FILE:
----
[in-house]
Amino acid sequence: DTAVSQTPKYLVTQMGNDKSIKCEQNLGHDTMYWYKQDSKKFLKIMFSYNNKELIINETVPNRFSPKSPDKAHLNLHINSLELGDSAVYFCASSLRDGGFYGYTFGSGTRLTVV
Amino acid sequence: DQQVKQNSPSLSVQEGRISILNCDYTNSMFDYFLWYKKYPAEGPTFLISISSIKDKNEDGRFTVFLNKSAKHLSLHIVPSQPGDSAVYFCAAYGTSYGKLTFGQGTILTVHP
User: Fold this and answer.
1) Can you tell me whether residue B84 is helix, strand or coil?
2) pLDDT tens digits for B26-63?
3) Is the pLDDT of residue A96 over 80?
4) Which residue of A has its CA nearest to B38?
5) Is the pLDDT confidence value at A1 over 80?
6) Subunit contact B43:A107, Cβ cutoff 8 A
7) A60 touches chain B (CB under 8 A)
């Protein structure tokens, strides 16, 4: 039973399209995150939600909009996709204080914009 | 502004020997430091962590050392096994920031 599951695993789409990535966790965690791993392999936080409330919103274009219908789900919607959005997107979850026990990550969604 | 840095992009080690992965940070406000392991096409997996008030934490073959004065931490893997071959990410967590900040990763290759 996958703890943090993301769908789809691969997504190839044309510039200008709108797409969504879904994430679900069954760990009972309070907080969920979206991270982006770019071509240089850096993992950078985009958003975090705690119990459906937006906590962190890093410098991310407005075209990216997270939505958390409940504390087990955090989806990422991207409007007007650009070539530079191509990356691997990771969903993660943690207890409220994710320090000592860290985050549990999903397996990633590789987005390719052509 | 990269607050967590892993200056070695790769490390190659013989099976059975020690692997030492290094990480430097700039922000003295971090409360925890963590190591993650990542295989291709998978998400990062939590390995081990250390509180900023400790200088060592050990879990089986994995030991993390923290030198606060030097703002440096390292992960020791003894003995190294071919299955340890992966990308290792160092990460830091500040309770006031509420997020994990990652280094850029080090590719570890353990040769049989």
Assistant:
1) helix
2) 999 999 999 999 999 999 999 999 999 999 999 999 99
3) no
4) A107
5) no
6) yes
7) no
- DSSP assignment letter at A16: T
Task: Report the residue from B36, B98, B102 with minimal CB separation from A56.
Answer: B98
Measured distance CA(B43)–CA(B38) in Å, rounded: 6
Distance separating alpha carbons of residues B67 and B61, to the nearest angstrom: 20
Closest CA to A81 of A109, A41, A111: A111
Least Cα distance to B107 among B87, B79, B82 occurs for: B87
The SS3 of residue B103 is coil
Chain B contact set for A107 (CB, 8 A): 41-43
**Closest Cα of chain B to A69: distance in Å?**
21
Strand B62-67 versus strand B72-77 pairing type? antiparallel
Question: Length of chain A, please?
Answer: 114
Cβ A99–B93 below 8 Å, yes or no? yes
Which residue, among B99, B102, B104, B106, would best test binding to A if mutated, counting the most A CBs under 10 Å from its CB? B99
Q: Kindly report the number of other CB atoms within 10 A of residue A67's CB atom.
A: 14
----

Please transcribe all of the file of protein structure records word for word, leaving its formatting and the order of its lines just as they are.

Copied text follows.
[in-house]
Amino acid sequence: DTAVSQTPKYLVTQMGNDKSIKCEQNLGHDTMYWYKQDSKKFLKIMFSYNNKELIINETVPNRFSPKSPDKAHLNLHINSLELGDSAVYFCASSLRDGGFYGYTFGSGTRLTVV
Amino acid sequence: DQQVKQNSPSLSVQEGRISILNCDYTNSMFDYFLWYKKYPAEGPTFLISISSIKDKNEDGRFTVFLNKSAKHLSLHIVPSQPGDSAVYFCAAYGTSYGKLTFGQGTILTVHP
User: Fold this and answer.
1) Can you tell me whether residue B84 is helix, strand or coil?
2) pLDDT tens digits for B26-63?
3) Is the pLDDT of residue A96 over 80?
4) Which residue of A has its CA nearest to B38?
5) Is the pLDDT confidence value at A1 over 80?
6) Subunit contact B43:A107, Cβ cutoff 8 A
7) A60 touches chain B (CB under 8 A)
């Protein structure tokens, strides 16, 4: 039973399209995150939600909009996709204080914009 | 502004020997430091962590050392096994920031 599951695993789409990535966790965690791993392999936080409330919103274009219908789900919607959005997107979850026990990550969604 | 840095992009080690992965940070406000392991096409997996008030934490073959004065931490893997071959990410967590900040990763290759 996958703890943090993301769908789809691969997504190839044309510039200008709108797409969504879904994430679900069954760990009972309070907080969920979206991270982006770019071509240089850096993992950078985009958003975090705690119990459906937006906590962190890093410098991310407005075209990216997270939505958390409940504390087990955090989806990422991207409007007007650009070539530079191509990356691997990771969903993660943690207890409220994710320090000592860290985050549990999903397996990633590789987005390719052509 | 990269607050967590892993200056070695790769490390190659013989099976059975020690692997030492290094990480430097700039922000003295971090409360925890963590190591993650990542295989291709998978998400990062939590390995081990250390509180900023400790200088060592050990879990089986994995030991993390923290030198606060030097703002440096390292992960020791003894003995190294071919299955340890992966990308290792160092990460830091500040309770006031509420997020994990990652280094850029080090590719570890353990040769049989």
Assistant:
1) helix
2) 999 999 999 999 999 999 999 999 999 999 999 999 99
3) no
4) A107
5) no
6) yes
7) no
- DSSP assignment letter at A16: T
Task: Report the residue from B36, B98, B102 with minimal CB separation from A56.
Answer: B98
Measured distance CA(B43)–CA(B38) in Å, rounded: 6
Distance separating alpha carbons of residues B67 and B61, to the nearest angstrom: 20
Closest CA to A81 of A109, A41, A111: A111
Least Cα distance to B107 among B87, B79, B82 occurs for: B87
The SS3 of residue B103 is coil
Chain B contact set for A107 (CB, 8 A): 41-43
**Closest Cα of chain B to A69: distance in Å?**
21
Strand B62-67 versus strand B72-77 pairing type? antiparallel
Question: Length of chain A, please?
Answer: 114
Cβ A99–B93 below 8 Å, yes or no? yes
Which residue, among B99, B102, B104, B106, would best test binding to A if mutated, counting the most A CBs under 10 Å from its CB? B99
Q: Kindly report the number of other CB atoms within 10 A of residue A67's CB atom.
A: 14